Shane Vogel (he/him) is Professor of English and African American Studies and Chair of Theater and Performance Studies at Yale University. His research and teaching interests include performance studies, theater history, African American literature and performance, Black existentialisms, and the Harlem Renaissance. He is the author of The Scene of Harlem Cabaret: Race, Sexuality, Performance (University of Chicago Press, 2009); Stolen Time: Black Fad Performance and the Calypso Craze (University of Chicago, 2018; winner of the John W. Frick Award from the American Theater and Drama Society); and co-editor, with Soyica Diggs Colbert and Douglas A. Jones, Jr., of Race and Performance after Repetition (Duke University Press, 2020; winner of the Errol Hill Award from the American Society for Theatre Research). He is also co-editor, with Uri McMillan and Sandra Ruiz, of the NYU Press book series Minoritarian Aesthetics.
His work has been supported by the Sydney Social Sciences and Humanities Advanced Research Center at the University of Sydney, the National Endowment for the Humanities, the American Council of Learned Societies, and the Fox Center for Humanistic Inquiry at Emory University. Prior to arriving at Yale he was Ruth N. Halls Professor of English and Director of the Cultural Studies Program at Indiana University.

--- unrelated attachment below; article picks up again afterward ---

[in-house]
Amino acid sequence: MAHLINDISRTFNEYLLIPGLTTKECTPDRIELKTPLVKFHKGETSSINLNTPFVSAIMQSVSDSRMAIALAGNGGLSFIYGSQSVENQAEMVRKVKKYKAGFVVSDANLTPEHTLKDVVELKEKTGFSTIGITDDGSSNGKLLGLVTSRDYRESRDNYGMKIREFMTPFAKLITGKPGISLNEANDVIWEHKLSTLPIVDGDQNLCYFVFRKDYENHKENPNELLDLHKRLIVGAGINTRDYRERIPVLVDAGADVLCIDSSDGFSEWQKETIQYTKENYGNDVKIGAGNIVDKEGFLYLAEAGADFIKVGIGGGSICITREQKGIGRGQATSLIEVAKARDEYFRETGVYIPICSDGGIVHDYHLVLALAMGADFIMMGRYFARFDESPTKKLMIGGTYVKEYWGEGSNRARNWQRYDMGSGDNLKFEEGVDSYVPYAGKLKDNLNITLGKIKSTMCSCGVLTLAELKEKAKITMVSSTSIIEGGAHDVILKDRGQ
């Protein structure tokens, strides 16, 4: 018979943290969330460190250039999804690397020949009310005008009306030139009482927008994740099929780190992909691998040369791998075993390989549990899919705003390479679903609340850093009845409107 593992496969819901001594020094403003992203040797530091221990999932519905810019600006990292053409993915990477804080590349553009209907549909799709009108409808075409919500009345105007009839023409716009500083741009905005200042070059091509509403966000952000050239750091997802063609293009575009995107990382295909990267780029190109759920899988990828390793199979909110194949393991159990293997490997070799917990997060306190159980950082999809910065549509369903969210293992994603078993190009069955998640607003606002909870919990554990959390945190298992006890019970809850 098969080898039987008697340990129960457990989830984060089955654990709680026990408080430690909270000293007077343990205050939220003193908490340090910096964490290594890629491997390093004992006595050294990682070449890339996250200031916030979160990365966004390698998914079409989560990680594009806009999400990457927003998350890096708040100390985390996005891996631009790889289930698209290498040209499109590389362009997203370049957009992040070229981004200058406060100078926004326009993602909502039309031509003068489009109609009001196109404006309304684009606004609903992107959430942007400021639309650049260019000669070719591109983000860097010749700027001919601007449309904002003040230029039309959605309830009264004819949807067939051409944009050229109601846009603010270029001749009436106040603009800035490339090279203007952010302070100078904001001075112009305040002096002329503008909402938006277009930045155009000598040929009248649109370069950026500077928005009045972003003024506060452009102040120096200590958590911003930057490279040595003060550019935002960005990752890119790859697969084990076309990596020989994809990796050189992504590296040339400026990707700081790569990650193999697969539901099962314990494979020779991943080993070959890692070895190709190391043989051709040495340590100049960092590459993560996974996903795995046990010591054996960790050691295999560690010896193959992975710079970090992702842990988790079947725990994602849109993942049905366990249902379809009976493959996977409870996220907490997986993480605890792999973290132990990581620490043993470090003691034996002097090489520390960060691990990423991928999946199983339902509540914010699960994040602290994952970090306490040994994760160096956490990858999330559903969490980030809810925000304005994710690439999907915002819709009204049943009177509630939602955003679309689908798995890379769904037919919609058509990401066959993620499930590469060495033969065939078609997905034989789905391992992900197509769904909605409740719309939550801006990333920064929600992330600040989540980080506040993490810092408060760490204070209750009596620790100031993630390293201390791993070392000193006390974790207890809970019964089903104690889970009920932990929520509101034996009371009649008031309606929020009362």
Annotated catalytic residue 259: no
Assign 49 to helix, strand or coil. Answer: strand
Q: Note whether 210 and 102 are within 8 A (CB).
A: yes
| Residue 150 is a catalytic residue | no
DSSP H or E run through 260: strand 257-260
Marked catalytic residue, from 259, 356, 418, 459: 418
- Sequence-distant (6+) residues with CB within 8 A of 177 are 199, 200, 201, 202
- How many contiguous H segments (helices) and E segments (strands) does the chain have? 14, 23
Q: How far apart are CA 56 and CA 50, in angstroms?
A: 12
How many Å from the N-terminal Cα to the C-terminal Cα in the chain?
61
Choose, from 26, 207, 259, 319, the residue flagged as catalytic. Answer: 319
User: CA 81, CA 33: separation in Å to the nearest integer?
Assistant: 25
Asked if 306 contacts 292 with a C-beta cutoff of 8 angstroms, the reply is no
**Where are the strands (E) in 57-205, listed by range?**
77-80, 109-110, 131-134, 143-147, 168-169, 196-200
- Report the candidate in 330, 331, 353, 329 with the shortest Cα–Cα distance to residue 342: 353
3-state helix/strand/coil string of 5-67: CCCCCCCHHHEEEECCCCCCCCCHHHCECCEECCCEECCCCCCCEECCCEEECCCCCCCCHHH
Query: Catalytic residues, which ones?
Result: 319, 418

- “Waiting for Godot and the Racial Theater of the Absurd,” PMLA vol. 137, no. 1 (2022): 19-35.
- Stolen Time: Black Fad Performance and the Calypso Craze (Chicago: University of Chicago Press, 2018).
- The Scene of Harlem Cabaret: Race, Sexuality, Performance (Chicago: University of Chicago Press, 2009).
- Race and Performance after Repetition, ed. by Soyica Diggs Colbert, Douglas A. Jones Jr., and Shane Vogel (Duke University Press, 2020).
- “Alain Locke and the Value of the Harlem Renaissance” in A History of the Harlem Renaissance, ed. by Rachel Farebrother and Miriam Thaggert (Cambridge: Cambridge University Press, 2021), 361-377.
- “The Sensuous Harlem Renaissance: Sexuality and Queer Culture,” in A Companion to the Harlem Renaissance, ed. by Cherene Sherrard-Johnson (West Sussex, UK: Blackwell-Wiley, 2015), 267-283.
- “Performative Affectivity and the Letitia Ernestine Brown Divorce Case,” Signs: Journal of Women in Culture and Society vol. 40, no. 2 (2015): 417-440.
- “Jamaica on Broadway: The Popular Caribbean and Mock Transnational Performance,” Theatre Journal vol. 62, no. 1 (2010): 1-22.
- “Lena Horne’s Impersona,” Camera Obscura vol. 23, no. 1 (2008): 10-45.
- “Performing ‘Stormy Weather’: Ethel Waters, Lena Horne, and Katherine Dunham,” South Central Review vol. 25, no. 1 (2008): 93-113.
- “Closing Time: Langston Hughes and the Queer Poetics of Harlem Nightlife,” Criticism vol. 48, no. 3 (2006): 397-425.